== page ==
During the pre-industrial era, the basic unit of energy was the horse – hence the term horsepower – and it was rare to have more than four horses driving a coach or piece of machinery.

Today, we have locomotive engines that provide 6,000 horsepower, a basic farm tractor delivers around 100 HP  and a typical family car around 200. We live in an age of abundant energy and our living standards reflect it.

We’re moving into an era of abundant information that will change our societies in a similar way to the age of abundant power has changed economies over the past 300 years.

Open source, the sharing economy and the internet of things will all change aspects of our economies and society but people will still be making a living one way or another so they can buy a meal and pay their rent.

The age of abundant information means massive change to the way we work, but it no more means the end of capitalism than the steam engine did.

Apr 022014

“This is the most difficult time in history to be a wine maker, declares Paul Mabray, Chief Strategy Office and founder of Vintank.

“Never has the wine industry been as competitive as it is today.”

Update: The Wine Communicators of Australia, who sponsored Mabray’s visit, have posted Paul’s presentation that covers this post’s theme in more detail.

Mabray’s business monitors social media for wineries and collects information on wine enthusiasts. Since Vintank’s founding in 2008 the service has collected information on over thirteen million people and their tastes in wine.

Rewriting the rule book

Social media, or social Customer Relationship Management (sCRM), is what Mabray sees as being part of the future of the wine industry that’s evolving from a model developed in the 1970s which started to break down with the financial crisis of 2009.

“In the old days there was a playbook originating with Robert Mondavi in the 1970s which is create amazing wine, you get amazing reviews and you go find wholesalers who bring this wine to the market.”

“As a result of the global proliferation of brands the increase of awareness and consumption patterns where people like wine more, those playbooks didn’t work in 2009 when the crisis started.”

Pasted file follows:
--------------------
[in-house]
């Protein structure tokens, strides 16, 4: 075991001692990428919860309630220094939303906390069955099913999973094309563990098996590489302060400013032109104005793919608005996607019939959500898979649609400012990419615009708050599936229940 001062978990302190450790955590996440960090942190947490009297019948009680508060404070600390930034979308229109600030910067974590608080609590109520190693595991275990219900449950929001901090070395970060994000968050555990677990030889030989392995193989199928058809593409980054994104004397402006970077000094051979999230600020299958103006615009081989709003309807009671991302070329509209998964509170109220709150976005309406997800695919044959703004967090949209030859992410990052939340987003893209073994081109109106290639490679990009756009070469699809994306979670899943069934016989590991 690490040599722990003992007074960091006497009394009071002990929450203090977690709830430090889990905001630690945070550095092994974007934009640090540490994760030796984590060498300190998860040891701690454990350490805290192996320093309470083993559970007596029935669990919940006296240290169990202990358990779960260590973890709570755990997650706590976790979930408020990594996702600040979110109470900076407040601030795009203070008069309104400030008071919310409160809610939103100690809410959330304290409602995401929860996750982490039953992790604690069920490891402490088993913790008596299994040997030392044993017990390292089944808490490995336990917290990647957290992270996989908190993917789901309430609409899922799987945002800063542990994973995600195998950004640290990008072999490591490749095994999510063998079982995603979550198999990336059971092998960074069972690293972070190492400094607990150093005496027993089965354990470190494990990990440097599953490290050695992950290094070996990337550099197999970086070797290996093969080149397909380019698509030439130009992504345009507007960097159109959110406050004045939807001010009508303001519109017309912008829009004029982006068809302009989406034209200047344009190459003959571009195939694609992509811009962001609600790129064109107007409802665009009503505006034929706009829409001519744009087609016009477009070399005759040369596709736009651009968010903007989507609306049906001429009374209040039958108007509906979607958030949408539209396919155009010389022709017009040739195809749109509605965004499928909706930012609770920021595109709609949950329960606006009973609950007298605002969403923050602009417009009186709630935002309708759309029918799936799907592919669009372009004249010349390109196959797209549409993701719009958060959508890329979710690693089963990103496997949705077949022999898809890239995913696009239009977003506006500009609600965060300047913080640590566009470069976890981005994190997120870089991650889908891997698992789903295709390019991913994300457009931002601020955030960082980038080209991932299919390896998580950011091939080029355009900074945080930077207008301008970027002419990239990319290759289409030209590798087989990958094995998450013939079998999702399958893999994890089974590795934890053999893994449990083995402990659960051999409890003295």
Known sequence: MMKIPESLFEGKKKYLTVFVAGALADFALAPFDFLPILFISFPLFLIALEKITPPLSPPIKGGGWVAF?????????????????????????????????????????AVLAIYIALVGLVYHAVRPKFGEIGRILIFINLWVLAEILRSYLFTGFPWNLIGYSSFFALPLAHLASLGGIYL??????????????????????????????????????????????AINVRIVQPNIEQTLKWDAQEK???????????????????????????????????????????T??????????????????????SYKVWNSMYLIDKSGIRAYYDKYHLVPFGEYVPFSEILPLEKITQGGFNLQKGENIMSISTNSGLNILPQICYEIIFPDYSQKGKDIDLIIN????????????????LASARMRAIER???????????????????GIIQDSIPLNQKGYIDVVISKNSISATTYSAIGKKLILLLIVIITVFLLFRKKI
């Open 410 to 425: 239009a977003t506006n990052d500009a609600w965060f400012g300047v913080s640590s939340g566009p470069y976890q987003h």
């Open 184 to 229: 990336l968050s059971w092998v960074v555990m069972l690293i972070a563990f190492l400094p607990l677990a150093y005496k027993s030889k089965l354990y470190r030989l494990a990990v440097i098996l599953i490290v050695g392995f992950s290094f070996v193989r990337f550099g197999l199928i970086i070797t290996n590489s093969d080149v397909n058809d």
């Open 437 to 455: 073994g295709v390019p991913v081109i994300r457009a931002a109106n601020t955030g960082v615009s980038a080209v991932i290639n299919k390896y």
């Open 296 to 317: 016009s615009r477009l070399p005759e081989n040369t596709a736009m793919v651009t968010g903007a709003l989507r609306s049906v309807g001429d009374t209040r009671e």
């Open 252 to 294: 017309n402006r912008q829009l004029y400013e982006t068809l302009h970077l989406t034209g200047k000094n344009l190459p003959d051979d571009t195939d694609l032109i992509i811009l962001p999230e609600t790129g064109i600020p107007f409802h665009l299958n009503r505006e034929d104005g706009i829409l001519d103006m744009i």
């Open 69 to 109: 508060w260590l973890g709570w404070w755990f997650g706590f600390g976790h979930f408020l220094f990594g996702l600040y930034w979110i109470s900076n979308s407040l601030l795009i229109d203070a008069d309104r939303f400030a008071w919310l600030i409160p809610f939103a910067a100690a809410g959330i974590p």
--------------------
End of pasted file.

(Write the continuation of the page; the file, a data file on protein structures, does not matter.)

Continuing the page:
With the old marketing playbook not working, wineries had to find other methods to connect to their markets and social media has become one of the key channels.

Now the challenge in the wine industry, like all sectors, is dealing with the massive amount of data coming in though social media and other channels.

The cacophony of data

“If you rewind to when social media came out, everyone had these stream based things and the noise factor was so heavy,” says Mabray.

“For small businesses this creates an ‘analysis to paralysis’ where they’d rather not do anything.”

Mabray sees paralysis as a problem for all organisations, particularly for big brands who are being overwhelmed by data.

“The cacophony of data at a brand level is just too much,” he says.

“It’s as noisy as all get go and I think the transition is to break Big Data down into small bite size pieces for businesses to digest is the future, it shouldn’t be the businesses problem, it should be the software companies’.”

A growing digital divide

Mabray sees a divide developing between the producers who are embracing technology and those who aren’t, “the efficiencies attributed to technology are obvious whether they’re using CRM, business intelligence or other components.”

“The people who are doing this are recognising the growth and saying ‘hey, this stuff actually works! If I feed the horse it runs.”

While Mabray is focused on digital media and the wine industry, similar factors are work in other industries and technology sectors; whether it’s data collected by farm sensors to posts on Instagram or Facebook.

Facebook blues